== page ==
Since teledontics focuses on functionality, Yousefian tailors treatment plans to fit specific patient needs. In young patients, he may seek to create a healthy environment that fosters the growth of facial structures, nasal cavities, dental arches, and lower jaws. In adult patients, where it may be too late for preventive measures, teledontic techniques support the upper airway by expanding upper arches, nasal cavities, and the lower jaw. “Teledontics has an in-clinic success rate of more than 90% in pediatric and adult patients,” Yousefian says.

Yousefian uses another variety of expanders called the ApnoMed Expansion System, or AMES. For Megan’s case, Yousefian selected the micro-implant assisted AMES that is bonded to the upper teeth. This allows four temporary anchorage devices to be secured to the roof of the mouth. Megan opted for this minimally invasive procedure that was relatively inexpensive to expand the palate.

“We expanded Megan’s upper jaw non-surgically,” Yousefian adds. “We then placed a mandibular AMES to assist with a 17-minute outpatient procedure to expand Megan’s lower jaw about 10 mm wide by a minimally invasive telegnathic surgery between the lower centrals. Megan’s case was finished using aligners.”

Yousefian sums up the results: “We kept the front teeth where they were and gradually consolidated the spaces by protracting the back teeth. We created a beautiful wide smile, beautiful open airway, and her sleep apnea was addressed. The whole process was about 2 years with use of teledontic and telegnathic procedures plus aligners. The occlusion is fine now and the TMJ is under control.”

In simpler cases where oral appliances are needed, Yousefian has frequently turned to Space Maintainers Labs (SML) to treat patients with sleep apnea as the company offers a large variety of FDA-cleared devices. Conceding that there are “a hundred” different oral appliances out there, Yousefian laments “inconsistency on the production and quality” in too many brands.

“The Space Maintainers name is based on the mission to maintain the airway of the patient,” Yousefian says of the company that has been fabricating oral appliances—ranging from early intervention to adult treatment—since the 1950s. “Throughout this time, SML has been fascinated with teledontics.”

Space Maintainers products and teledontics are all part of the comprehensive approach to oral health that makes up the holistic philosophy that Yousefian brings to each patient. From an early age, Yousefian knew he was “good with his hands” and used some of that dexterity as a child to make intricate jewelry for his sister. Applying that talent within the confines of medical science began to take shape when he first got exposure to orthodontics in dental school.

“Moving teeth was amazing,” he remembers. “These stationary things in your mouth that you think are impossible to move, but gradually you can move them with orthodontic appliances. I immediately felt like I was born for it, because I had the knowledge, the science, and the excitement that comes with it; so, it was as if a hobby had become my profession.”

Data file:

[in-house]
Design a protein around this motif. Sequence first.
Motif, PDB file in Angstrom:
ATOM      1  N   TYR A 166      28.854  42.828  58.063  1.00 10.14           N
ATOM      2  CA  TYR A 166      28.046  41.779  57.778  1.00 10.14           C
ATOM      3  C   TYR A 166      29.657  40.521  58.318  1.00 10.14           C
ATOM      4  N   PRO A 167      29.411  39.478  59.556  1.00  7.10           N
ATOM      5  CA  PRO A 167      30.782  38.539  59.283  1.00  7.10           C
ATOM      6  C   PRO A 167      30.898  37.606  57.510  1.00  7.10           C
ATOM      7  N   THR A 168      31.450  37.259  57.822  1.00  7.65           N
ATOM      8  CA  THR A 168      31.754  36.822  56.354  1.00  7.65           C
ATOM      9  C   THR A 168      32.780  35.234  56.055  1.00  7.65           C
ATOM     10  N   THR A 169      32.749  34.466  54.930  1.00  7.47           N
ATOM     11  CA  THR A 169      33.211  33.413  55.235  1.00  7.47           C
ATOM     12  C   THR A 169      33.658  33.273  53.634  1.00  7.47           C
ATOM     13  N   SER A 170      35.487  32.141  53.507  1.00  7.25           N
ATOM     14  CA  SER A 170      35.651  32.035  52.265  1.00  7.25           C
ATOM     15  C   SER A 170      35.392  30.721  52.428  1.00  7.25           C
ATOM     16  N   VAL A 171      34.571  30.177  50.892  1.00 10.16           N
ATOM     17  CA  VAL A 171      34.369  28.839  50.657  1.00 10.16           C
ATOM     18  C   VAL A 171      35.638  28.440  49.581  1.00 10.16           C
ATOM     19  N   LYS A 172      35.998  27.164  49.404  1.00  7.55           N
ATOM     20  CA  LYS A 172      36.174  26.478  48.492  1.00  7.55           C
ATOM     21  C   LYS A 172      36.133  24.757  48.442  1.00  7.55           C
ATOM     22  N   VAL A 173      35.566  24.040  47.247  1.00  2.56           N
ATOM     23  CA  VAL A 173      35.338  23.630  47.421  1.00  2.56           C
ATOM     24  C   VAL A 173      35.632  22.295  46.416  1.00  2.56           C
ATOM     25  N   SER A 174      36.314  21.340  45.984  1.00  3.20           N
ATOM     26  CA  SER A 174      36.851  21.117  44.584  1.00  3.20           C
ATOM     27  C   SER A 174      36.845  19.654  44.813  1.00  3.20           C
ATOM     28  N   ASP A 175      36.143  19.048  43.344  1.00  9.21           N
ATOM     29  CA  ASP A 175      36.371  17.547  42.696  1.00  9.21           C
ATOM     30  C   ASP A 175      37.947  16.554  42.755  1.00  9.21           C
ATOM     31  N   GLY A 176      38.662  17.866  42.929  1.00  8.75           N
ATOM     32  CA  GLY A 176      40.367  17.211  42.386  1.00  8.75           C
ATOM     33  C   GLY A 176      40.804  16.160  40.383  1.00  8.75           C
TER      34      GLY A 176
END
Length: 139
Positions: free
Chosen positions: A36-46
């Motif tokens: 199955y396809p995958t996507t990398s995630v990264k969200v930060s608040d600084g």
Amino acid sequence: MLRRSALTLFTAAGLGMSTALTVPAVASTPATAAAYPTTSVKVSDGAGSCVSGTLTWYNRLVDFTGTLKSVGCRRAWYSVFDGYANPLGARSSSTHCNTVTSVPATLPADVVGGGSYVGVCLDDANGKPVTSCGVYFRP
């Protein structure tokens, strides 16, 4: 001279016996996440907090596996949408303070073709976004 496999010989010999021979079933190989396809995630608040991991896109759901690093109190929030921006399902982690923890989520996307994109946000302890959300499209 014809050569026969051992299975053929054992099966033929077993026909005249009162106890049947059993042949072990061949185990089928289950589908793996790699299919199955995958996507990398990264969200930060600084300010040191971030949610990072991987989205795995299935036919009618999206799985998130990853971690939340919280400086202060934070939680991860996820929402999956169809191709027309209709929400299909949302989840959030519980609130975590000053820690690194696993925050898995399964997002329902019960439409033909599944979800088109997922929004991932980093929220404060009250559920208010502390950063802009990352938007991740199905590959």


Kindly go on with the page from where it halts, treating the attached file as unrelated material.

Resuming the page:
Yousefian’s commitment to patients over 3 decades of practice has affected countless lives in Bellevue and the larger Pacific Northwest region. Like so many in early 2020, he struggled with the pandemic, but on top of that he endured a fire—the result of arson—in his 2,500-sq-ft state-of-the-art office. “It ruined my office right down to the nails and studs,” he says.

As a result, he moved to a relatively basic 1,300-sq-ft office with the considerable extra challenge of maintaining top-notch care. While everything is still “temporary and mobile,” effective and efficient care and the use of state-of-the-art technology are feasible, even in such a limited facility.

“We are working on construction of the new office that is going to feature high-end technology,” says Yousefian, who speaks fluent Farsi and a bit of Turkish in addition to English. “The fact that we are able to make it all work in the temporary office shows a level of practicality. Instead of five chairs, I have two with mobile units. I’m still doing very complex cases, and if I can do it in this limited environment, it should serve as a sign that any orthodontist can definitely provide dental sleep therapy to their patients in their permanent facilities.”

Teaching, consulting, and research rounds out professional life for Yousefian these days, with domestic and international travel for lectures to universities. More than 30 publications and articles in scientific journals and textbooks have gradually built momentum for teledontics, with formal recognition first coming in the form of a Special Merit Award from the AAO.

While he looks forward to the new office, the fire has done little to dampen Yousefian’s infectious enthusiasm. He has treated more than 4,000 cases and there are no signs of slowing down.

“I love working in my office, as well as riding my Harley Davidson with my son for a couple of hours every weekend, but the most rewarding part is working for patients and convincing professionals that this [teledontics] is valid science and they can easily implement it at their office,” he says. “The most rewarding thing is saving one life at a time.”

As for his own son’s life, Yousefian’s efforts were instrumental in a remarkable turnaround. After many teachers gave bleak predictions, the young Yousefian earned a scholarship, attended college, and graduated with a master’s degree in business, and has flourished. “Now he is helping me to expand this science and helping with my seminars,” Yousefian shares. “He is involved with the science, which completely changed his life.”  OP

Greg Thompson is a freelance writer for Orthodontic Products.